Dia presents Hanne Darboven’s Kulturgeschichte 1880–1983 (Cultural History 1880–1983, 1980–83) at Dia:Chelsea at 545 West 22nd Street in New York City. The presentation offers audiences the opportunity to experience this important work from Dia’s permanent collection, which has not been on view in the United States for over a decade.
Cultural History 1880–1983 features 1,590 framed works on paper and 19 sculptural objects. The framed works on paper include photographs of doorways, daily newsmagazine covers, images of cameras and Hollywood celebrities, touristic postcards, the contents of an exhibition catalogue on postwar art, and documentation of prior installations of the work. The specificity of the materials chosen embodies a blending of the personal and the public, telling the story of society at large, while also presenting an autobiography of Darboven herself. From the covers of Der Spiegel with their emphasis on war and brutality, to the racial overtones seen in the slave figures and rainmaker sculptures, to the postcards presenting a bucolic and pastoral prewar Germany, there is a narrative of trauma and recovery that runs throughout Darboven’s work. For the viewer, Cultural History 1880–1983 can be an all-encompassing and overwhelming experience, physically impossible to take in at once. It is the magnum opus of an artist whose work remains lesser known than her Minimalist and Conceptual peers, particularly so within the United States.
Kulturgeschichte 1880–1983 (Cultural History 1880–1983) is made possible by generous support from Frances Bowes, Jane and Roger Goodell, Nathalie and Charles de Gunzburg, Karyn Kohl, and Brenda R. Potter. Additional support is provided Beth Rudin DeWoody and Sprüth Magers.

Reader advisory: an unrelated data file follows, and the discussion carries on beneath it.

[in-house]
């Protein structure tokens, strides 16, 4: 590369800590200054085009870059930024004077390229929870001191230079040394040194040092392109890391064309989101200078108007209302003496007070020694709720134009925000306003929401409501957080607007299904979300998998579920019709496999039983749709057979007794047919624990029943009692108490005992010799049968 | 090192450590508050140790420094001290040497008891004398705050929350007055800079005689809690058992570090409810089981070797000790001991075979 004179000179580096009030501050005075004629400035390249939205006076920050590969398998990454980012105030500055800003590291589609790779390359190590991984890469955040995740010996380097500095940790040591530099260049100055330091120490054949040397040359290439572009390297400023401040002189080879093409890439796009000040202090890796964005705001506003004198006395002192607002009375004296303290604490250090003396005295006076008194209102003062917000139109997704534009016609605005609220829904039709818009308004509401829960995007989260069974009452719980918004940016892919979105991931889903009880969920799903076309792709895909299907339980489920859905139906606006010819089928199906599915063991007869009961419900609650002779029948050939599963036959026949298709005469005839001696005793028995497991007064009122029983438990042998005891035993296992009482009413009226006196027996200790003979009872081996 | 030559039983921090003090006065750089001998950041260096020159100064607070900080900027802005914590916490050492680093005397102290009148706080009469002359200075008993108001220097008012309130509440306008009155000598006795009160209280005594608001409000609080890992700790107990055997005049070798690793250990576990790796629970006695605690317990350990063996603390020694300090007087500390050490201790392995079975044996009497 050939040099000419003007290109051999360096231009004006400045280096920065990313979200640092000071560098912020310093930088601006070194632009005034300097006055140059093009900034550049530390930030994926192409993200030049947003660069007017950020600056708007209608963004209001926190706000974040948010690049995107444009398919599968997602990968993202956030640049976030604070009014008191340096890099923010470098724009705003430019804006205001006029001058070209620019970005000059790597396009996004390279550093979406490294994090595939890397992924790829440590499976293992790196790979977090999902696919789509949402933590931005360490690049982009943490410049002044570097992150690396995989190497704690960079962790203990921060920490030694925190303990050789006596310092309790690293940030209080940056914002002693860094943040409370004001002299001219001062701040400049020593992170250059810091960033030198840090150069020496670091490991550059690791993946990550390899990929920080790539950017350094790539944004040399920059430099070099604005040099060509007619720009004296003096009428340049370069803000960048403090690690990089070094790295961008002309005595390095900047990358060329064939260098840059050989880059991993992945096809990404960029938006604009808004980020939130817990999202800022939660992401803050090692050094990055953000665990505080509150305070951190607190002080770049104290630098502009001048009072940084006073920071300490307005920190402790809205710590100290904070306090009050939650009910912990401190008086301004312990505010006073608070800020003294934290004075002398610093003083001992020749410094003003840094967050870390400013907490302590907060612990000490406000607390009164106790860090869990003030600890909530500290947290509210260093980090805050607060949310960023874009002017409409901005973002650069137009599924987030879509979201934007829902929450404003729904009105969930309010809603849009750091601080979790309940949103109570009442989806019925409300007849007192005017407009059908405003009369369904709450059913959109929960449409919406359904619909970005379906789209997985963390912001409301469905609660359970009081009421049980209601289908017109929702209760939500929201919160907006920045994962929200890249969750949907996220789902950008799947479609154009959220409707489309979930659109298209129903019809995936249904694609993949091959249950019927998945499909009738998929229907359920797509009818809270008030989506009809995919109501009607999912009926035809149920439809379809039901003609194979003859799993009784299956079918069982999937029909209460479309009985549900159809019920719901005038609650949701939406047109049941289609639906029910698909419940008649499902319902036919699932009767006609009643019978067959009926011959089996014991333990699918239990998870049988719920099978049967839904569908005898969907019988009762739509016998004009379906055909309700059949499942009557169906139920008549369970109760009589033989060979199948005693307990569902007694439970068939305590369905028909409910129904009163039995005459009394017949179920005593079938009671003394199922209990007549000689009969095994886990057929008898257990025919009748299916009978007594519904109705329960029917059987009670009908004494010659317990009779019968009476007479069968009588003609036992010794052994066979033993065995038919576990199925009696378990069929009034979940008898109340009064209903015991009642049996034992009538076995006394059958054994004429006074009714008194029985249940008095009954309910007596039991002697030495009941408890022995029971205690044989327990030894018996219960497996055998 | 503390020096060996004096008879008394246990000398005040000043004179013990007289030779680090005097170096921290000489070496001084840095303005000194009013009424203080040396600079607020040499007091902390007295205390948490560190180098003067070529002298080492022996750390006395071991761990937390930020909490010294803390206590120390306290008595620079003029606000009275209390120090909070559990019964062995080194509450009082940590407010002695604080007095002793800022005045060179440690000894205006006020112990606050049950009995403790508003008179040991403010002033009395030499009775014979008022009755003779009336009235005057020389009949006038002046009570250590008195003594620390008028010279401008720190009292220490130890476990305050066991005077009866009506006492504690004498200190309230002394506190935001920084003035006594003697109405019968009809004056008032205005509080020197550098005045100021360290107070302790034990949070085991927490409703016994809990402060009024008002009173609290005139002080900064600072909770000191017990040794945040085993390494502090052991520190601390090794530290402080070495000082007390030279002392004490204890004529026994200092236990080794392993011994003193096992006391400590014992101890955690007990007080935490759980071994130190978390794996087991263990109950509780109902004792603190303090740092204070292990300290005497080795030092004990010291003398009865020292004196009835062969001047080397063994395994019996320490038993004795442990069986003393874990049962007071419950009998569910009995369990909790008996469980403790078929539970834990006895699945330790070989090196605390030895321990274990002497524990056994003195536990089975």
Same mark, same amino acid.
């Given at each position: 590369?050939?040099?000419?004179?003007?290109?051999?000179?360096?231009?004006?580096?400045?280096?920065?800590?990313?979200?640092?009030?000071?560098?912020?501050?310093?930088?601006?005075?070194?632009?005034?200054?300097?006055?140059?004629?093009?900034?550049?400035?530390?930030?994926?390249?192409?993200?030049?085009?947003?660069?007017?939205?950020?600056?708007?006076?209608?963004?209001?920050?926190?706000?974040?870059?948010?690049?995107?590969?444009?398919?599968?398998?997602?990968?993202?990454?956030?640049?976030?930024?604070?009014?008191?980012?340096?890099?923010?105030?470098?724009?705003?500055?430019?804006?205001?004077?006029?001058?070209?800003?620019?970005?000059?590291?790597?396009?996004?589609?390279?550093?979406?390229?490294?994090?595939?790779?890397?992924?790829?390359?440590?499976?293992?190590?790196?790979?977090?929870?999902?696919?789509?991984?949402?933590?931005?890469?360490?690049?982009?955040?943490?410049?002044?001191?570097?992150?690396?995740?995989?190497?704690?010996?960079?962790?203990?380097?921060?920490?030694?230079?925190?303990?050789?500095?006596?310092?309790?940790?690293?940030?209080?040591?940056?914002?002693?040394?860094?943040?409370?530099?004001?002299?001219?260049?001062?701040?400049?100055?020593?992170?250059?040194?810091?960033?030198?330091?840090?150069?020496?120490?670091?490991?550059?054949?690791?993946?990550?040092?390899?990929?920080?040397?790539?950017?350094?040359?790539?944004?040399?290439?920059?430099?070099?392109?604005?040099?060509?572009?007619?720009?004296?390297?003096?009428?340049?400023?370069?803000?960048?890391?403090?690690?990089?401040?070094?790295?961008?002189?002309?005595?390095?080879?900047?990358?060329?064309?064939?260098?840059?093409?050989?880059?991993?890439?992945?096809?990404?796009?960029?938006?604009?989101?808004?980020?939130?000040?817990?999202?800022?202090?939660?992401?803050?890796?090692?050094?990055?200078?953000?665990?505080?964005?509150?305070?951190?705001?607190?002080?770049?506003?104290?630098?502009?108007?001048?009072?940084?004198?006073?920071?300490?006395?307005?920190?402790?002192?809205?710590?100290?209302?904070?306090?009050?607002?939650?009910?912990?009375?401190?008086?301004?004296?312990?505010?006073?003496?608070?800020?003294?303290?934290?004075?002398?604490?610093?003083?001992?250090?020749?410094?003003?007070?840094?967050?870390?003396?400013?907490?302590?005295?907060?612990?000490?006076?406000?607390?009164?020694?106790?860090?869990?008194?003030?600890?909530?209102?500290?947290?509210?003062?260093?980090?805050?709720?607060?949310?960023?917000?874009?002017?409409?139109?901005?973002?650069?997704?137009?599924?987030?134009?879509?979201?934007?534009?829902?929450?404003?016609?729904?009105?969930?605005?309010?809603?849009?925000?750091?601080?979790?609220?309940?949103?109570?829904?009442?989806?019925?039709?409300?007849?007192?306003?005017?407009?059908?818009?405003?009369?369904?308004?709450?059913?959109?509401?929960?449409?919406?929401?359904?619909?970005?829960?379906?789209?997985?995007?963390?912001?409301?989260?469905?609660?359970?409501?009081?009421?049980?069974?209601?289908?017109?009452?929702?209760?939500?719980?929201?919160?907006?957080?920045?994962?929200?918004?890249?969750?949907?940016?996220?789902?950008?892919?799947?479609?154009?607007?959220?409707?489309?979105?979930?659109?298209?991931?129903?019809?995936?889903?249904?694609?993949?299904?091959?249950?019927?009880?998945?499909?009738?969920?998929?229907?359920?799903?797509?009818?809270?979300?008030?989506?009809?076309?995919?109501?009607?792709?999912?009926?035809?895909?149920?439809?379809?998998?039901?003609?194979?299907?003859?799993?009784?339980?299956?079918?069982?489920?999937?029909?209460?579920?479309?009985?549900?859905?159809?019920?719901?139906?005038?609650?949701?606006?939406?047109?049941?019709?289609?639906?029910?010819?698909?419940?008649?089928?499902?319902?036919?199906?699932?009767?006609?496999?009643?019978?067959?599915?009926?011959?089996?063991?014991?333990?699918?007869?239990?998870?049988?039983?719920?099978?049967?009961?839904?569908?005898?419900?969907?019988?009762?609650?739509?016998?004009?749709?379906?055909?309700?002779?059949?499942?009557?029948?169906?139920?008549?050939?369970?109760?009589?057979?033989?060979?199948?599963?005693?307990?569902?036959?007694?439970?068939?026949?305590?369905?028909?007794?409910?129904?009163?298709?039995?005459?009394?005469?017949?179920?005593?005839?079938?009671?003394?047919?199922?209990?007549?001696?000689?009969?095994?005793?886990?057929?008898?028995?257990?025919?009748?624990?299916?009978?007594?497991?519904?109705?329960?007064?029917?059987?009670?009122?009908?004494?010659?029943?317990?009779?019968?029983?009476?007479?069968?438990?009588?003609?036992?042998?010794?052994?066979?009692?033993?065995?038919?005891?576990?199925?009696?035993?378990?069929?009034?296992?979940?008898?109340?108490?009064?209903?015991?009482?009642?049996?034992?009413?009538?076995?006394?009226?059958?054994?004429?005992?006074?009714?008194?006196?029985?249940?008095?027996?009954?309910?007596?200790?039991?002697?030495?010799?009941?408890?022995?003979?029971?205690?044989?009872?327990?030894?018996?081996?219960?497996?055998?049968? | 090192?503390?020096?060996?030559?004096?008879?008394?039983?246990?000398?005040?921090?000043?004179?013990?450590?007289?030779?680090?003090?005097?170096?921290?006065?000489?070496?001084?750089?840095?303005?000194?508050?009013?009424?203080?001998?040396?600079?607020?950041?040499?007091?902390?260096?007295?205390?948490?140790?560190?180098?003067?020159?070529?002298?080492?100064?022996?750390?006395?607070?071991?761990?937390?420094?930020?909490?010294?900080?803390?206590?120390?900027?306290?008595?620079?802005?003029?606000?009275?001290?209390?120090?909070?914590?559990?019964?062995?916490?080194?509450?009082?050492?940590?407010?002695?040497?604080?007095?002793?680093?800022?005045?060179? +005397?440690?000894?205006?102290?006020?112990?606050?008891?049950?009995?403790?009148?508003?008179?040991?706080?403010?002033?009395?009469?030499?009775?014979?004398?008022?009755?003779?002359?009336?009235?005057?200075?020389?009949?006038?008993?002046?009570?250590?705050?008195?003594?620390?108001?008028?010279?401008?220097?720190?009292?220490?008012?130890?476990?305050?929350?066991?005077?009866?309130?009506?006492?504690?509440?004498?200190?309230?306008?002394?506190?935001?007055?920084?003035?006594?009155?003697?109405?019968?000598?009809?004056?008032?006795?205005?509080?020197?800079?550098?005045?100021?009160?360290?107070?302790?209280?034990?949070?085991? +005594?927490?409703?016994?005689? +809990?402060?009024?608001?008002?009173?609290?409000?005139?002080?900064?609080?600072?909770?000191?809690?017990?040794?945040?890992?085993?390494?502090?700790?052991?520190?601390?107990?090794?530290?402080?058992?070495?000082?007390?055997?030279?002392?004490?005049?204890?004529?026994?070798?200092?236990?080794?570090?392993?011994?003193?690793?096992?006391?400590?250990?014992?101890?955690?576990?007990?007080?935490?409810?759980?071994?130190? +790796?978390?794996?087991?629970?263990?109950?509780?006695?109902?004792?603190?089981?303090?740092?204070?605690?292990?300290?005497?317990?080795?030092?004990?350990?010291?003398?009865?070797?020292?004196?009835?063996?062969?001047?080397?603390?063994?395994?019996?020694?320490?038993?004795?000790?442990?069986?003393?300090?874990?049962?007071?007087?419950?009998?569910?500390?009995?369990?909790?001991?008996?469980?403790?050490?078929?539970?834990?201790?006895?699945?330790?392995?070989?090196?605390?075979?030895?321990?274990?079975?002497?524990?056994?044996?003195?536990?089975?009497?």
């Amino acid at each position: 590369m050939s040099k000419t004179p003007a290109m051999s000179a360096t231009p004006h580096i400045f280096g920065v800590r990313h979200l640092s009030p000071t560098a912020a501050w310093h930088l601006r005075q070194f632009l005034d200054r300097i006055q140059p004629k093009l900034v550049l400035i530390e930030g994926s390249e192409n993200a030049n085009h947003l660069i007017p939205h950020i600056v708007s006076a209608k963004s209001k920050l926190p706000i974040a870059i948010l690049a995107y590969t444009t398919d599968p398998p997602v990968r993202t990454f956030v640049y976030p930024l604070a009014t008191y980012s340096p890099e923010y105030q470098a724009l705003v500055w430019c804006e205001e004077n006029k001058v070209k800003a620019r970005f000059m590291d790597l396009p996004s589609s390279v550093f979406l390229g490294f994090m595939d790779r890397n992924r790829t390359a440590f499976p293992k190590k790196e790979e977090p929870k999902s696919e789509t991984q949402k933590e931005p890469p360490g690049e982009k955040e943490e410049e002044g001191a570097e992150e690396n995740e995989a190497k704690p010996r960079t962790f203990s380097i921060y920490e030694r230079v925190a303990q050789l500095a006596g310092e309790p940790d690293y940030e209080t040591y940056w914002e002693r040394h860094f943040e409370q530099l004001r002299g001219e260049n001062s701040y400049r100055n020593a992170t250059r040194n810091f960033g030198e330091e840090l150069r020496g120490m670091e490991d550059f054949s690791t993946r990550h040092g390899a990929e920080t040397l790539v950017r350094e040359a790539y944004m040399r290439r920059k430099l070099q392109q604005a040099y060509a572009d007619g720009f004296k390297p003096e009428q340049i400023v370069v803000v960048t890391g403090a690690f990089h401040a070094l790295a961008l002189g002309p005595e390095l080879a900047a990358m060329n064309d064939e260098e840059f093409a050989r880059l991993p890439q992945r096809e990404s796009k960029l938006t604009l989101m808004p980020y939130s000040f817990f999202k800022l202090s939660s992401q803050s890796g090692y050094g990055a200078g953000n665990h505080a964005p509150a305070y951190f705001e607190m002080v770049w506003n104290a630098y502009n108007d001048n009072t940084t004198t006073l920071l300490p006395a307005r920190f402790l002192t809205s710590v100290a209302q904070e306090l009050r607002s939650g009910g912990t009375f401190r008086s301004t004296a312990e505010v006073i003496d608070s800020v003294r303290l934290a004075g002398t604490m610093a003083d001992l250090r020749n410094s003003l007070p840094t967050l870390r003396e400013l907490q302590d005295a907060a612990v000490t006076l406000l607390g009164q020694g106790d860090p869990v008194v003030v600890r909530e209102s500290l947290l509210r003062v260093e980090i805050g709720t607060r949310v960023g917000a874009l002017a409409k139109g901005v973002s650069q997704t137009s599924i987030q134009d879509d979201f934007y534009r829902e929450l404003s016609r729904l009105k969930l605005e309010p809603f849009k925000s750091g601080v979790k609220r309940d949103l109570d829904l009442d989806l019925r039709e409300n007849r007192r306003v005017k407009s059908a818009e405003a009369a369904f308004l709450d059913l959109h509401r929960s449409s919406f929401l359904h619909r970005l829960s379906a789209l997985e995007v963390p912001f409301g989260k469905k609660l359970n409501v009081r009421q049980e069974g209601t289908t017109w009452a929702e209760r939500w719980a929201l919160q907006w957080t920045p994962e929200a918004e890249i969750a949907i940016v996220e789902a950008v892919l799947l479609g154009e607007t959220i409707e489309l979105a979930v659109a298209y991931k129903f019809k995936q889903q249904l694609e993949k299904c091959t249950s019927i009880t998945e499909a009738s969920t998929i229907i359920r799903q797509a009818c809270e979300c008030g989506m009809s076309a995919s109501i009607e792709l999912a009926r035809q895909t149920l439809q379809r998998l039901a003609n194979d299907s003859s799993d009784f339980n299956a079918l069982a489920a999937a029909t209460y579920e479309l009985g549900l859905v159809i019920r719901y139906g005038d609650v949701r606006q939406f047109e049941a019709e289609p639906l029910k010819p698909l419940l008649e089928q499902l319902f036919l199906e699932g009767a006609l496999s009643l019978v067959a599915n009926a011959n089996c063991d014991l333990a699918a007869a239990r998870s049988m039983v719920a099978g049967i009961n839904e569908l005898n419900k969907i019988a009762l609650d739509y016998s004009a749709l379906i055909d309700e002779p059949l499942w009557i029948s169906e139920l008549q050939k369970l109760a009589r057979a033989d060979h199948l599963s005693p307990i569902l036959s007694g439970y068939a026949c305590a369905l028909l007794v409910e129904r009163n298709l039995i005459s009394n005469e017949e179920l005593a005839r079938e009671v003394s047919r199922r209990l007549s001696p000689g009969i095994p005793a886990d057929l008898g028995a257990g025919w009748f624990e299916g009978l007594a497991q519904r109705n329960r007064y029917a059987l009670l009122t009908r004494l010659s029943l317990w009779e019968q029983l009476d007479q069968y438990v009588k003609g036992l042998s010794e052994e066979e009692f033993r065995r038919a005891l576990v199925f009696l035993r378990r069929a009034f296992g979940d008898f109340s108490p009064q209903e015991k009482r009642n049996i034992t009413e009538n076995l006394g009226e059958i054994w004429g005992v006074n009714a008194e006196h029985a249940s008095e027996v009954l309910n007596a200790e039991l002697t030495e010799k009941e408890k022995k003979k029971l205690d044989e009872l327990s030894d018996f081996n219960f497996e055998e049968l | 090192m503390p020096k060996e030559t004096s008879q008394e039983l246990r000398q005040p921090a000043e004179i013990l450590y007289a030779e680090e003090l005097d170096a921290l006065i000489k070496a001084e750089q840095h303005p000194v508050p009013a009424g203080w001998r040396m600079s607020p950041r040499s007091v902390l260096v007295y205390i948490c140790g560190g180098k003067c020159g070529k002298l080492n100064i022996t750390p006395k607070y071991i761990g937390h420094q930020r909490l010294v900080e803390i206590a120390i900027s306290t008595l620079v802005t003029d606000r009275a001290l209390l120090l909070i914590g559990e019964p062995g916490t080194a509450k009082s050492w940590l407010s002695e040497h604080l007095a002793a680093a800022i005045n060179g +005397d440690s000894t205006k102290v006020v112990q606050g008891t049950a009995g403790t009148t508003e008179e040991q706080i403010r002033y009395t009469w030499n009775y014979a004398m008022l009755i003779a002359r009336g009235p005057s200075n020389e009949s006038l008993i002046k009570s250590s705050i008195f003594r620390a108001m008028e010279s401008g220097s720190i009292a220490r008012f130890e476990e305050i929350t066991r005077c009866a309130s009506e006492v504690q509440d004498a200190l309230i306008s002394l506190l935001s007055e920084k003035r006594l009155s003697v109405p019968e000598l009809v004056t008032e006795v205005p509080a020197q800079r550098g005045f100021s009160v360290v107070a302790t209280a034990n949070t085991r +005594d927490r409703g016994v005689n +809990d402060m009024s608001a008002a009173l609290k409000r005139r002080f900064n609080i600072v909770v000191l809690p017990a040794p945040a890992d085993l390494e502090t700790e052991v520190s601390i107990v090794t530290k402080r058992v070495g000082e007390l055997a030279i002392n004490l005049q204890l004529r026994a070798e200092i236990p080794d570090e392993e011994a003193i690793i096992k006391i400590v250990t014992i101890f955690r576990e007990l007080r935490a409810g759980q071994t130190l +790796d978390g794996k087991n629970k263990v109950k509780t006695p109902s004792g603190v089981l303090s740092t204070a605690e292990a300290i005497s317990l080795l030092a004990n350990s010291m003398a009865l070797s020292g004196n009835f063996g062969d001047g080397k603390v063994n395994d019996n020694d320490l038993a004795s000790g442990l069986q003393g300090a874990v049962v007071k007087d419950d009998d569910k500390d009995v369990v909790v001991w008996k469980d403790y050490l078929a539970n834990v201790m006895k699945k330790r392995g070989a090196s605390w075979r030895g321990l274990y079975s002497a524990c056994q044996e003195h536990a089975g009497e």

In conjunction with the installation of Hanne Darboven’s Kulturgeschichte 1880–1983 (Cultural History 1880–1983, 1980–83), Dia Art Foundation presents four performances of Darboven’s musical compositions for double bass. Completed in 1984, Wunschkonzert is both a large-scale visual installation and a four-part musical score for double bass, featuring Opus 17A, Opus 17B, Opus 18A, and Opus 18B. Opus 17A was first presented at the 1996 opening of Cultural History 1880–1983 at Dia Center for the Arts. In addition to Opus 17A, Robert Black, who performed the work in 1996, performs the three companion pieces—Opus 17B, Opus 18A, and Opus 18B. All four concerts take place within the installation at Dia:Chelsea to allow visitors to experience a live performance of Darboven’s musical work within the all-encompassing visual impact of her installation located at 545 West 22nd Street in New York City.
Hanne Darboven was born in Munich, Germany, in 1941. She died in Hamburg, Germany, in 2009.
Artists on Hanne Darboven
Artists on Hanne Darboven is the first installment in a series culled from Dia Art Foundation’s Artists on Artists lectures, focused on German conceptual artist Hanne Darboven. It features contributions from Gregg Bordowitz, Sam Lewitt, Josephine Meckseper, and Matt Mullican.